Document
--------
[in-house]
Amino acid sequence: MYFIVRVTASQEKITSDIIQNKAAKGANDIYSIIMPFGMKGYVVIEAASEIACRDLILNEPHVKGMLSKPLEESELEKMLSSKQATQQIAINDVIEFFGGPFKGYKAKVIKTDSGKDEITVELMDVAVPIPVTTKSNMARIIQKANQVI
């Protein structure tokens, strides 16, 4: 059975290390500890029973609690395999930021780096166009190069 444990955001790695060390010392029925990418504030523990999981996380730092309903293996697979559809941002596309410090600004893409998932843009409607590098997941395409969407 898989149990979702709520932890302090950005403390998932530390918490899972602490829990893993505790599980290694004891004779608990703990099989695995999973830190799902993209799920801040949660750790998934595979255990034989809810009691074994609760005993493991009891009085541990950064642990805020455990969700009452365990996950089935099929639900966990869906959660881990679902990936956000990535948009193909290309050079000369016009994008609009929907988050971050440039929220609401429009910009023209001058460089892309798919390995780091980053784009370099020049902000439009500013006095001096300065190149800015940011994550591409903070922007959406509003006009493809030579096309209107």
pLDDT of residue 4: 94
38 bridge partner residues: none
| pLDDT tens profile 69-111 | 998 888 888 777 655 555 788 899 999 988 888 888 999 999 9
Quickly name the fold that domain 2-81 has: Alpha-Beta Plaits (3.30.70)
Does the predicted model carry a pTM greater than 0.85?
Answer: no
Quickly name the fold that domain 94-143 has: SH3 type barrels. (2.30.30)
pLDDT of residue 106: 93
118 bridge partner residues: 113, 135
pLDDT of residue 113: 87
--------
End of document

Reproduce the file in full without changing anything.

[in-house]
Amino acid sequence: MYFIVRVTASQEKITSDIIQNKAAKGANDIYSIIMPFGMKGYVVIEAASEIACRDLILNEPHVKGMLSKPLEESELEKMLSSKQATQQIAINDVIEFFGGPFKGYKAKVIKTDSGKDEITVELMDVAVPIPVTTKSNMARIIQKANQVI
């Protein structure tokens, strides 16, 4: 059975290390500890029973609690395999930021780096166009190069 444990955001790695060390010392029925990418504030523990999981996380730092309903293996697979559809941002596309410090600004893409998932843009409607590098997941395409969407 898989149990979702709520932890302090950005403390998932530390918490899972602490829990893993505790599980290694004891004779608990703990099989695995999973830190799902993209799920801040949660750790998934595979255990034989809810009691074994609760005993493991009891009085541990950064642990805020455990969700009452365990996950089935099929639900966990869906959660881990679902990936956000990535948009193909290309050079000369016009994008609009929907988050971050440039929220609401429009910009023209001058460089892309798919390995780091980053784009370099020049902000439009500013006095001096300065190149800015940011994550591409903070922007959406509003006009493809030579096309209107």
pLDDT of residue 4: 94
38 bridge partner residues: none
| pLDDT tens profile 69-111 | 998 888 888 777 655 555 788 899 999 988 888 888 999 999 9
Quickly name the fold that domain 2-81 has: Alpha-Beta Plaits (3.30.70)
Does the predicted model carry a pTM greater than 0.85?
Answer: no
Quickly name the fold that domain 94-143 has: SH3 type barrels. (2.30.30)
pLDDT of residue 106: 93
118 bridge partner residues: 113, 135
pLDDT of residue 113: 87